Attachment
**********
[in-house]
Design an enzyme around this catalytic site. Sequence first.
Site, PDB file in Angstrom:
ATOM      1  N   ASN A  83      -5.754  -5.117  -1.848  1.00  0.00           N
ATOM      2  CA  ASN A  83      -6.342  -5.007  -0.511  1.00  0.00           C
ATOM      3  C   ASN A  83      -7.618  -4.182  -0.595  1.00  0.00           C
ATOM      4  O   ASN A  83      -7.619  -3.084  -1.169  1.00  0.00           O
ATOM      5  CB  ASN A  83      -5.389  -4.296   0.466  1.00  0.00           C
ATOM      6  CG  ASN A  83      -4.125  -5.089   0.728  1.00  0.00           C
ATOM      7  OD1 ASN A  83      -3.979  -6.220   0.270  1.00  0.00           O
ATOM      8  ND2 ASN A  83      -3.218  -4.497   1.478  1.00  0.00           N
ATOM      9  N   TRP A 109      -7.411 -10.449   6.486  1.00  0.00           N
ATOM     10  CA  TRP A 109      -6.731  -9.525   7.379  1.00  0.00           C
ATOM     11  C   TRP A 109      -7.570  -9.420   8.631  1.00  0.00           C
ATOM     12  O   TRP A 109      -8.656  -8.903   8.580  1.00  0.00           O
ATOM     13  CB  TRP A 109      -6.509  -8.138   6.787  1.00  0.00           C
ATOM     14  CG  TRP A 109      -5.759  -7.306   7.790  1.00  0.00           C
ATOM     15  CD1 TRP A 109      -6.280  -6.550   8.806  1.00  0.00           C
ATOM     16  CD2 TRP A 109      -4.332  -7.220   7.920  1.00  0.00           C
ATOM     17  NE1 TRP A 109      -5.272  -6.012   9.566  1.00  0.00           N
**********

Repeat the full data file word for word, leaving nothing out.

[in-house]
Design an enzyme around this catalytic site. Sequence first.
Site, PDB file in Angstrom:
ATOM      1  N   ASN A  83      -5.754  -5.117  -1.848  1.00  0.00           N
ATOM      2  CA  ASN A  83      -6.342  -5.007  -0.511  1.00  0.00           C
ATOM      3  C   ASN A  83      -7.618  -4.182  -0.595  1.00  0.00           C
ATOM      4  O   ASN A  83      -7.619  -3.084  -1.169  1.00  0.00           O
ATOM      5  CB  ASN A  83      -5.389  -4.296   0.466  1.00  0.00           C
ATOM      6  CG  ASN A  83      -4.125  -5.089   0.728  1.00  0.00           C
ATOM      7  OD1 ASN A  83      -3.979  -6.220   0.270  1.00  0.00           O
ATOM      8  ND2 ASN A  83      -3.218  -4.497   1.478  1.00  0.00           N
ATOM      9  N   TRP A 109      -7.411 -10.449   6.486  1.00  0.00           N
ATOM     10  CA  TRP A 109      -6.731  -9.525   7.379  1.00  0.00           C
ATOM     11  C   TRP A 109      -7.570  -9.420   8.631  1.00  0.00           C
ATOM     12  O   TRP A 109      -8.656  -8.903   8.580  1.00  0.00           O
ATOM     13  CB  TRP A 109      -6.509  -8.138   6.787  1.00  0.00           C
ATOM     14  CG  TRP A 109      -5.759  -7.306   7.790  1.00  0.00           C
ATOM     15  CD1 TRP A 109      -6.280  -6.550   8.806  1.00  0.00           C
ATOM     16  CD2 TRP A 109      -4.332  -7.220   7.920  1.00  0.00           C
ATOM     17  NE1 TRP A 109      -5.272  -6.012   9.566  1.00  0.00           N